Keynote speakers included legal powerhouses in their own right. The first keynote speaker was celebrated Stuart, Florida-based attorney Willie E. Gary, Esq., who is well-known nationally as "The Giant Killer" who earned the highest jury verdict ever - $23 billion - for a wrongful death case against one of America's largest tobacco companies. The second keynote speaker was Cannon D. Lambert, Sr., Esq., a successful Chicago, Illinois trial attorney, who is best known for representing Sandra Bland and her family. Sandra Bland's police stop, wrongful arrest and unexplained death following her detainment helped bring more attention to the mistreatment of Black women by law enforcement during the Black Lives Matter Movement. Attorney Lambert was able to obtain a $1.9 million settlement for Bland's family, and also force historic mandatory changes in jail policies.
The conference ended with the 15th Anniversary Honors which recognized persons who have contributed to the conference by giving of their time and talent throughout the years. Outstanding individual supporters received the Legal Education Access and Diversity Champion Award and outstanding law schools who have supported every year or nearly every year received the Outstanding Law School Diversity Outreach Award.
As is the tradition with every conference, it ended with the Aspiring Lawyers Pinning Ceremony which was presided over by Judge J. Machelle Sweeting, a judge at the Family Court of the City of New York, who led the law school aspirants in a spirited rendition of the "Aspiring Lawyers Success Pledge." Judge Sweeting surprised pre-law attendees with the generous invitation and opportunity to visit and intern in her chambers. Immediately thereafter, current lawyers pinned future lawyers with eagle pendants and congratulated them on their decisions to move forward in their plans to pursue law school.
This annual powerful and jam-packed conference weekend celebrated 15 consecutive years of empowering and inspiring aspiring Black lawyers since its founding in 2005 by a first-generation college and law school graduate Evangeline M. Mitchell. Attorney Mitchell had written books, created an informational website, founded a Black pre-law organization, and spearheaded other initiatives to help Black students interested in law school. But after all of these efforts, she created the conference because she wanted to do something greater in terms of outreach that was more impactful than previous work she had initiated or had seen being done.
Reflecting on 15 consecutive years of organizing and hosting the event and her future plans, Mitchell said, "I am proud of what we have accomplished because we have helped thousands of Black people with law school aspirations. But the reality is that we still have so much farther to go in terms of increasing the numbers of African American law students and lawyers. The path to becoming a lawyer is challenging and there is an urgent need for more Black lawyers in all areas, but particularly those willing to fight for issues that affect our communities especially in our current times. I am more committed than ever to move forward and continue the conference, to make it bigger and better - and at the same time, do even more beyond it."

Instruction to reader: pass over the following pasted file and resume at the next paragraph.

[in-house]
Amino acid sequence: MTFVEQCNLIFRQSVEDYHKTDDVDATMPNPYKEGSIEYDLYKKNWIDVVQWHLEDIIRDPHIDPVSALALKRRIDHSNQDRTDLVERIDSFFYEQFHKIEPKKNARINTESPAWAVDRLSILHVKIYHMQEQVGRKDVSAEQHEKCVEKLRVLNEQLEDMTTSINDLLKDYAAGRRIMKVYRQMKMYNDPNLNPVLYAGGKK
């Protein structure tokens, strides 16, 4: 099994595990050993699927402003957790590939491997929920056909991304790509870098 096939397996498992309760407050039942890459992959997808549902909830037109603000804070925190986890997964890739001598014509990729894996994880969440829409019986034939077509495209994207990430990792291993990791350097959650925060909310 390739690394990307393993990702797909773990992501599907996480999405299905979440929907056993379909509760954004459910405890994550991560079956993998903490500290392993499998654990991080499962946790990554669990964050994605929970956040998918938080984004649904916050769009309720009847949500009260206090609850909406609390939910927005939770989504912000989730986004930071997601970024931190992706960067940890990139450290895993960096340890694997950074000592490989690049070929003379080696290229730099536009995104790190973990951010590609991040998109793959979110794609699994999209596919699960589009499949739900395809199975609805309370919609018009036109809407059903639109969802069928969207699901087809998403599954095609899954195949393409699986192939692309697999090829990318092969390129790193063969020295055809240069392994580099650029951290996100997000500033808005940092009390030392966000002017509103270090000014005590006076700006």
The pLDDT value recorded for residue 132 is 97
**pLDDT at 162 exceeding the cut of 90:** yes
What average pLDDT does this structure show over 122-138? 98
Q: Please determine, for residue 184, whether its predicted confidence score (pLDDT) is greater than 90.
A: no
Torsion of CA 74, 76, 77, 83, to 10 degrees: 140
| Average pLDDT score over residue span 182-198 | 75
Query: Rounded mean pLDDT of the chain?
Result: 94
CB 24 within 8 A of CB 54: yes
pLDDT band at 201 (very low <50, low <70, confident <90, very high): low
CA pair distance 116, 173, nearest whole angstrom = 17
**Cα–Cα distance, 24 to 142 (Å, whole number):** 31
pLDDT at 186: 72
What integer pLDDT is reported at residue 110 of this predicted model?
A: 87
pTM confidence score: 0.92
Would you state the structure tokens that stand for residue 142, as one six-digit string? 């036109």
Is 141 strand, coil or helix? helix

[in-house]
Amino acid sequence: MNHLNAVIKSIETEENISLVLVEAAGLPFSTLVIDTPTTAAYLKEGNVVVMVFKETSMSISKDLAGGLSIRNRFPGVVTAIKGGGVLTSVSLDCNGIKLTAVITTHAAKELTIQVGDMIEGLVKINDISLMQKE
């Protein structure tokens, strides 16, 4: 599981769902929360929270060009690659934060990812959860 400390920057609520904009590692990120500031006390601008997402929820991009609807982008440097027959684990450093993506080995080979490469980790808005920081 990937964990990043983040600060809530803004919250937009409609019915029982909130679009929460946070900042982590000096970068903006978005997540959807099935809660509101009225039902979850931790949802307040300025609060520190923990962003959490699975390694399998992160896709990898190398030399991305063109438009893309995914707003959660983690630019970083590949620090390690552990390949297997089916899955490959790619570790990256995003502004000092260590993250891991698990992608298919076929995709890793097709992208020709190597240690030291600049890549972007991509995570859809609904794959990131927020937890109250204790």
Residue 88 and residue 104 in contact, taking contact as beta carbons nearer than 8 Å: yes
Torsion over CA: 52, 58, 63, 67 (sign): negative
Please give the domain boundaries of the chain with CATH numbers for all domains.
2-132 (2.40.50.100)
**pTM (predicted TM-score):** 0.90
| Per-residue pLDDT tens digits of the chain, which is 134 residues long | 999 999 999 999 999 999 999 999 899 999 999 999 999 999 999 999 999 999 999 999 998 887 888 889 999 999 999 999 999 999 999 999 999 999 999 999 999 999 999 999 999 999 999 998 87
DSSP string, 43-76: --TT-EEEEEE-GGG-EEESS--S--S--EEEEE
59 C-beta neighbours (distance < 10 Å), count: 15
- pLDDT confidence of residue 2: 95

When asked about the significance of the event and what she wanted participants to take away, she stated, "The most important thing that I want participants to see and understand from attending this event is not only that we need more Black lawyers, but that this is a grassroots, collective effort. All of these people have come together for them because we care about them. They are not alone. They have a community who is rooting for them, who wants to see them succeed and who wants to help them achieve their goals. To me, that is what this conference represents. It's a public demonstration that Black law students and Black lawyers and their allies want to proactively help support the next generation of Black lawyers. They are our legacy. Their success is our success. We are not successful if we don't reach back."
Outside of the title sponsor AccessLex Institute, other event sponsors included the Law School Admission Council (LSAC), Weil, Gotshal & Manges LLP, DLA Piper LLP, Latham & Watkins LLP, Winston & Strawn LLP, Ogletree Deakins, the United States Air Force Judge Advocate General's Corps, Ballard Spahr LLP, Metropolitan Black Bar Association, Bass Berry + Sims, Drew | Eckl Farnham, and Vermont Law School.
The event is offered completely free of charge and is open to all. For updates and information about next year's event which will take place in Cambridge and Boston, Massachusetts in November 2020, please visit the official conference website at http://www.blackprelawconference.org
Evangeline M. Mitchell